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Stuck in the Middle: RA Misconduct Issues

Posted by Joseph D. Lento | Nov 16, 2022 | 0 Comments

Resident advisors straddle the line between employee and student, which makes them subject to further conduct rules and regulations than the average student. Typically, most schools require that resident advisors be student staff who currently live and work in the residence halls. Resident advisors (RA) work alongside professional and graduate staff to create events for residents to participate in. Ideally, an RA would have an unwavering commitment to the values of not only the college or university but the housing department in particular. Thus, they would refrain from doing anything to make the university or college look less than stellar.

But what happens when the RA violates one of the many regulations they are supposed to abide by? Are they punished as a student or an employee?

Common Issues for Resident Advisors Across the Country

While RA's are employees of the university, they are still students. Because of this, RA's are looked at more like older brothers and sisters rather than employees who can punish their college residents. Many RA's allow their residents to drink alcohol in their dormitories or common areas, even if it's not allowed. Others have been known to allow parties in singular dorm rooms or for guests to stay over on campus even if it goes against the university's rules.

Penalizing Resident Advisors

Generally, RA's can be penalized for any issue that a regular student or employee would be penalized for – like Title IX violations, sexual misconduct allegations, academic dishonesty, and other disciplinary issues. At the University of Central Florida, RA's are expected to abide by the university regulations, as well as any applicable state and federal laws. Additionally, they must stay in good conduct standing from the moment their receive their employment offer until they decide to leave the position or graduate out. If an RA is caught violating UCF's regulations, their position could be terminated.

Further, RA's at UCF must maintain a minimum cumulative grade point of 2.50 average for their entire employment. If they slip below this threshold, they will be given two weeks to get their grades changed. If they cannot, their RA contract will be terminated. UCLA RA's are expected to follow a similar rule: they must maintain a 2.3 cumulative GPA from the moment they apply for the job throughout their employment. If unsuccessful, they may also lose their contract.

It's important to remember that resident advisors tend to live in the dormitory they are working in, so if they are removed from their position, they may also be removed from their living arrangements.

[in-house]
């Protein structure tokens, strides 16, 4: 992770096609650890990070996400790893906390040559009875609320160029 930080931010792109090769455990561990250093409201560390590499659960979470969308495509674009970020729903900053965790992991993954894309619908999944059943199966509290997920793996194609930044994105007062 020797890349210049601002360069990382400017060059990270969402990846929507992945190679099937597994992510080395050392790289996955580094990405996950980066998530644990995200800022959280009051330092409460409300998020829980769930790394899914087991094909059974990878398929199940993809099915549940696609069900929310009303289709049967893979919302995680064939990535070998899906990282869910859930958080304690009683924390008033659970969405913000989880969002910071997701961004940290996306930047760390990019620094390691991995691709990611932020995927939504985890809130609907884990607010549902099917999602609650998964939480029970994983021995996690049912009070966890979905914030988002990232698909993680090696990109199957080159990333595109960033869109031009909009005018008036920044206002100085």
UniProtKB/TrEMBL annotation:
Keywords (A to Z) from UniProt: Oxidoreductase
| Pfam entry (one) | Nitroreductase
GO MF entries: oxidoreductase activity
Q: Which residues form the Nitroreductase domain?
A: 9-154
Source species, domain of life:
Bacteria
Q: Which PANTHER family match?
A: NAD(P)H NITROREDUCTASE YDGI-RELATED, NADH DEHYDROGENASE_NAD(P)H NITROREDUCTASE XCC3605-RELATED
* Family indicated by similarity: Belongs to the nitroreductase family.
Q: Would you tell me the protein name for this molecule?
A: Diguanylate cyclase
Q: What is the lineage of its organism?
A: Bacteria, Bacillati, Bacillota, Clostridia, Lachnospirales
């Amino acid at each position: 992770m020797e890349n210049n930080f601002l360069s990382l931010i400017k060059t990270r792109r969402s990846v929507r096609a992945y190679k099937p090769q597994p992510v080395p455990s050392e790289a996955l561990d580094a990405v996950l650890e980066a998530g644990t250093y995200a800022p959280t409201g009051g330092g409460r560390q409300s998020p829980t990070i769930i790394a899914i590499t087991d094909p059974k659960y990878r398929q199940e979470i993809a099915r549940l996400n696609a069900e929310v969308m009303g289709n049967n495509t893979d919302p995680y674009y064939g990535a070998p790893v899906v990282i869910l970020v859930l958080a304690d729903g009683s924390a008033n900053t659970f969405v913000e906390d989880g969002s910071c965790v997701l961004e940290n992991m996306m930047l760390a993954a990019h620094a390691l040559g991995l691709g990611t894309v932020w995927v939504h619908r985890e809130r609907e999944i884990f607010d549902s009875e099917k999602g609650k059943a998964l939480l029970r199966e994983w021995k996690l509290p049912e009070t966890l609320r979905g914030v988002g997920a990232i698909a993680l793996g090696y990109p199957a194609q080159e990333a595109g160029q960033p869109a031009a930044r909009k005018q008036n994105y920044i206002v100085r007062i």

How an Attorney-Advisor Can Help

Attorney Joseph D. Lento and the Lento Law Firm have spent years helping college students navigate disciplinary proceedings. They understand that for RAs, this isn't just their job, it's their livelihood, room, and board, and as such, they need a comprehensive defense to help them overcome the charges without losing their place as an RA or college student.

If you or someone you love has been accused of a disciplinary issue or violating the school's RA code of conduct, call 888-535-8636 today or schedule a consultation online. Attorney Lento and his team can help.

About the Author

Joseph D. Lento

"I pride myself on having heart and driving hard to get results!" Attorney Joseph D. Lento passionately fights for the futures of his clients nationwide. Attorney Lento and his team represent students and others in disciplinary cases and various other proceedings at colleges and universities across the United States. Attorney Lento has helped countless students, professors, and others in academia at more than a thousand colleges and universities across the United States, and when necessary, he and his team have sought justice on behalf of clients in courts across the nation. He does not settle for the easiest outcome, and instead prioritizes his clients' needs and well-being. Joseph D. Lento is licensed in Pennsylvania, New Jersey, and New York, is admitted pro hac vice as needed nationwide, and he can help you or your student address any school-related issue or concern anywhere in the United States.

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If you, or your student, are facing any kind of disciplinary action, or other negative academic sanction, and are having feelings of uncertainty and anxiety for what the future may hold, contact the Lento Law Firm today, and let us help secure your academic career.

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